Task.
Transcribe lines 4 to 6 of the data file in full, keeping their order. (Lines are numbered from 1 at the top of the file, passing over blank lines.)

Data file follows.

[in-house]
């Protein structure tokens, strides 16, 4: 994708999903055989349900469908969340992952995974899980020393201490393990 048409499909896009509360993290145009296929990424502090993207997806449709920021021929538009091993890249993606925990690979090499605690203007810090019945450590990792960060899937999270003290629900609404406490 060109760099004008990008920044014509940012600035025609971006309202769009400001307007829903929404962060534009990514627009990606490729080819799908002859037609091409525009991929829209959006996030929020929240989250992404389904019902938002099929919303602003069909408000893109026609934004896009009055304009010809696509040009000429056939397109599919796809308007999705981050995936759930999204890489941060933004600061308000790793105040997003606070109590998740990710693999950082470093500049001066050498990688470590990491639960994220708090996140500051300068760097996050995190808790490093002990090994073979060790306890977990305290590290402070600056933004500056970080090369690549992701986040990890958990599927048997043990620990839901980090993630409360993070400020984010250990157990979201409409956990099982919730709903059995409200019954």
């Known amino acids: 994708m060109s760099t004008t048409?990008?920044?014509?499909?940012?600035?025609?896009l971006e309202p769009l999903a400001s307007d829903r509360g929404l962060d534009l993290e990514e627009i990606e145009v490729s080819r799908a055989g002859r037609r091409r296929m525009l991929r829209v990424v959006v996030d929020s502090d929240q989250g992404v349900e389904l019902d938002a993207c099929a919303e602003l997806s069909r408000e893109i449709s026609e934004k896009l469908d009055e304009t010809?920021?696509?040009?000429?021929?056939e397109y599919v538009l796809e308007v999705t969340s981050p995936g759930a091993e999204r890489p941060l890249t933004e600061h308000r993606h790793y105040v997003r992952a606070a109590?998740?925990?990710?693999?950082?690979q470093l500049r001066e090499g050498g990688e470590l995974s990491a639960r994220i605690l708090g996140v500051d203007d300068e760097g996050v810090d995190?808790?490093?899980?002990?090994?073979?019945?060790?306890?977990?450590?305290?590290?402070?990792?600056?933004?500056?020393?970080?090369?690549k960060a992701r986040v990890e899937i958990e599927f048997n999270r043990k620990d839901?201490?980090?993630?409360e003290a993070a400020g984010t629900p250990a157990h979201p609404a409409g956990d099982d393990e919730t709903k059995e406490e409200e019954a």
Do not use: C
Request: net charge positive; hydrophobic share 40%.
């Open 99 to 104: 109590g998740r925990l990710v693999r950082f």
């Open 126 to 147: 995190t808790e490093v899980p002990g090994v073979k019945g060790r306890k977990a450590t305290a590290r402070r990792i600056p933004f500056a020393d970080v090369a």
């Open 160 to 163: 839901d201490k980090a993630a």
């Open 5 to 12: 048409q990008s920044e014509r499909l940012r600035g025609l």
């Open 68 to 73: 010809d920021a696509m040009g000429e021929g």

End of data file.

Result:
Do not use: C
Request: net charge positive; hydrophobic share 40%.
């Open 99 to 104: 109590g998740r925990l990710v693999r950082f």